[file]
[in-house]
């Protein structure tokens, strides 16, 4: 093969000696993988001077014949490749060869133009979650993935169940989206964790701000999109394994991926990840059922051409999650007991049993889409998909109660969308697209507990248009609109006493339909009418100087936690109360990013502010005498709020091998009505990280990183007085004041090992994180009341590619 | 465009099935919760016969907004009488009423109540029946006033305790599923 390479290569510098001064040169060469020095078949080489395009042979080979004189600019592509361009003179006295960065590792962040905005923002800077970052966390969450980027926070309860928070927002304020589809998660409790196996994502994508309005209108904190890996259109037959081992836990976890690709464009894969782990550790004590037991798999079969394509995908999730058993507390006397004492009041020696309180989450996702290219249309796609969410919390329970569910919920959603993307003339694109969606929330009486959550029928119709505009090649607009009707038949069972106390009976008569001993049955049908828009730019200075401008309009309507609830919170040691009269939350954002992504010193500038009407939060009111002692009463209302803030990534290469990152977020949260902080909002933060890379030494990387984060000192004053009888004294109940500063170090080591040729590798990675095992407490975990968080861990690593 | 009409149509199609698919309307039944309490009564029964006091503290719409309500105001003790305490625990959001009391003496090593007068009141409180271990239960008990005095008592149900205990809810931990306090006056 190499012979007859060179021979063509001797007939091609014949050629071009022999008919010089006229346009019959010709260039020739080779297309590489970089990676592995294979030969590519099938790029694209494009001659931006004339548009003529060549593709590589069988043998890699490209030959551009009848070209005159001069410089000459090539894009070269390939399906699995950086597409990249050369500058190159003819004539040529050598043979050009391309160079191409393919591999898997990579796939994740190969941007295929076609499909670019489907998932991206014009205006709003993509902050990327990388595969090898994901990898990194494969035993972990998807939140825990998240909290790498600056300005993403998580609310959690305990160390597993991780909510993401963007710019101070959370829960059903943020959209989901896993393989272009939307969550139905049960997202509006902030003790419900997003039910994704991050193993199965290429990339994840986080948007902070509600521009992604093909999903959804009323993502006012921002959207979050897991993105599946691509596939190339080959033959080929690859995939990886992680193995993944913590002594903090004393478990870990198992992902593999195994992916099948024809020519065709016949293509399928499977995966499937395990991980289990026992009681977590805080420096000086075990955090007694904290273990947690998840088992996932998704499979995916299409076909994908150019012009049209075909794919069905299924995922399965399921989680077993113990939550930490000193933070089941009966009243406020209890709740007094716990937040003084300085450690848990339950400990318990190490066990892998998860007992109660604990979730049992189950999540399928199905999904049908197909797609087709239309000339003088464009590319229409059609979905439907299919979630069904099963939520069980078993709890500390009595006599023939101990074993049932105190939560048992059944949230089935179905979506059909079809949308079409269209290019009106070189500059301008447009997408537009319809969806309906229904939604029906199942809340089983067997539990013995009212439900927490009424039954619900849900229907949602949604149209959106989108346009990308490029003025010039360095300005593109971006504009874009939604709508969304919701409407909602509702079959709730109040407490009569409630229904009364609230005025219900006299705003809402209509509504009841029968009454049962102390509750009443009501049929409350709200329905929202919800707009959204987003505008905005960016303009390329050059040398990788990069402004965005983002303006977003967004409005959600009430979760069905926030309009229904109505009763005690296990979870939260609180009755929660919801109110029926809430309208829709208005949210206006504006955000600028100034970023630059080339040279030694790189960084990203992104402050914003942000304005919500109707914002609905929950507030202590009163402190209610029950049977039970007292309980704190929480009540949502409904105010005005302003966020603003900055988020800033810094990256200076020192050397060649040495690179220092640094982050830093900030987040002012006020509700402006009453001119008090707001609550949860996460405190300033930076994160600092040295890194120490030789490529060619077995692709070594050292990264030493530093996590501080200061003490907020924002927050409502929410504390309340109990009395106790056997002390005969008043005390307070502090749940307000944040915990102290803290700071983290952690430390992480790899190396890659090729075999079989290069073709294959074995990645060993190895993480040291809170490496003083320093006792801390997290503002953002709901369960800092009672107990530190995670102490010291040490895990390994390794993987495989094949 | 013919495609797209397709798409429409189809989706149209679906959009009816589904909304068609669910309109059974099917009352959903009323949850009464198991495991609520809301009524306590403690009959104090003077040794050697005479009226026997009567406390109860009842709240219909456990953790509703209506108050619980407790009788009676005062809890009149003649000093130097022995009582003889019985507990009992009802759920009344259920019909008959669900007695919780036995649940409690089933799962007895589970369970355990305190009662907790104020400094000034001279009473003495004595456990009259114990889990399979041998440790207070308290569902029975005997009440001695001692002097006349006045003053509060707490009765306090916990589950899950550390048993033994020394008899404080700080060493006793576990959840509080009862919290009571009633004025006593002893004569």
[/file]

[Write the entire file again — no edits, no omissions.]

[in-house]
């Protein structure tokens, strides 16, 4: 093969000696993988001077014949490749060869133009979650993935169940989206964790701000999109394994991926990840059922051409999650007991049993889409998909109660969308697209507990248009609109006493339909009418100087936690109360990013502010005498709020091998009505990280990183007085004041090992994180009341590619 | 465009099935919760016969907004009488009423109540029946006033305790599923 390479290569510098001064040169060469020095078949080489395009042979080979004189600019592509361009003179006295960065590792962040905005923002800077970052966390969450980027926070309860928070927002304020589809998660409790196996994502994508309005209108904190890996259109037959081992836990976890690709464009894969782990550790004590037991798999079969394509995908999730058993507390006397004492009041020696309180989450996702290219249309796609969410919390329970569910919920959603993307003339694109969606929330009486959550029928119709505009090649607009009707038949069972106390009976008569001993049955049908828009730019200075401008309009309507609830919170040691009269939350954002992504010193500038009407939060009111002692009463209302803030990534290469990152977020949260902080909002933060890379030494990387984060000192004053009888004294109940500063170090080591040729590798990675095992407490975990968080861990690593 | 009409149509199609698919309307039944309490009564029964006091503290719409309500105001003790305490625990959001009391003496090593007068009141409180271990239960008990005095008592149900205990809810931990306090006056 190499012979007859060179021979063509001797007939091609014949050629071009022999008919010089006229346009019959010709260039020739080779297309590489970089990676592995294979030969590519099938790029694209494009001659931006004339548009003529060549593709590589069988043998890699490209030959551009009848070209005159001069410089000459090539894009070269390939399906699995950086597409990249050369500058190159003819004539040529050598043979050009391309160079191409393919591999898997990579796939994740190969941007295929076609499909670019489907998932991206014009205006709003993509902050990327990388595969090898994901990898990194494969035993972990998807939140825990998240909290790498600056300005993403998580609310959690305990160390597993991780909510993401963007710019101070959370829960059903943020959209989901896993393989272009939307969550139905049960997202509006902030003790419900997003039910994704991050193993199965290429990339994840986080948007902070509600521009992604093909999903959804009323993502006012921002959207979050897991993105599946691509596939190339080959033959080929690859995939990886992680193995993944913590002594903090004393478990870990198992992902593999195994992916099948024809020519065709016949293509399928499977995966499937395990991980289990026992009681977590805080420096000086075990955090007694904290273990947690998840088992996932998704499979995916299409076909994908150019012009049209075909794919069905299924995922399965399921989680077993113990939550930490000193933070089941009966009243406020209890709740007094716990937040003084300085450690848990339950400990318990190490066990892998998860007992109660604990979730049992189950999540399928199905999904049908197909797609087709239309000339003088464009590319229409059609979905439907299919979630069904099963939520069980078993709890500390009595006599023939101990074993049932105190939560048992059944949230089935179905979506059909079809949308079409269209290019009106070189500059301008447009997408537009319809969806309906229904939604029906199942809340089983067997539990013995009212439900927490009424039954619900849900229907949602949604149209959106989108346009990308490029003025010039360095300005593109971006504009874009939604709508969304919701409407909602509702079959709730109040407490009569409630229904009364609230005025219900006299705003809402209509509504009841029968009454049962102390509750009443009501049929409350709200329905929202919800707009959204987003505008905005960016303009390329050059040398990788990069402004965005983002303006977003967004409005959600009430979760069905926030309009229904109505009763005690296990979870939260609180009755929660919801109110029926809430309208829709208005949210206006504006955000600028100034970023630059080339040279030694790189960084990203992104402050914003942000304005919500109707914002609905929950507030202590009163402190209610029950049977039970007292309980704190929480009540949502409904105010005005302003966020603003900055988020800033810094990256200076020192050397060649040495690179220092640094982050830093900030987040002012006020509700402006009453001119008090707001609550949860996460405190300033930076994160600092040295890194120490030789490529060619077995692709070594050292990264030493530093996590501080200061003490907020924002927050409502929410504390309340109990009395106790056997002390005969008043005390307070502090749940307000944040915990102290803290700071983290952690430390992480790899190396890659090729075999079989290069073709294959074995990645060993190895993480040291809170490496003083320093006792801390997290503002953002709901369960800092009672107990530190995670102490010291040490895990390994390794993987495989094949 | 013919495609797209397709798409429409189809989706149209679906959009009816589904909304068609669910309109059974099917009352959903009323949850009464198991495991609520809301009524306590403690009959104090003077040794050697005479009226026997009567406390109860009842709240219909456990953790509703209506108050619980407790009788009676005062809890009149003649000093130097022995009582003889019985507990009992009802759920009344259920019909008959669900007695919780036995649940409690089933799962007895589970369970355990305190009662907790104020400094000034001279009473003495004595456990009259114990889990399979041998440790207070308290569902029975005997009440001695001692002097006349006045003053509060707490009765306090916990589950899950550390048993033994020394008899404080700080060493006793576990959840509080009862919290009571009633004025006593002893004569």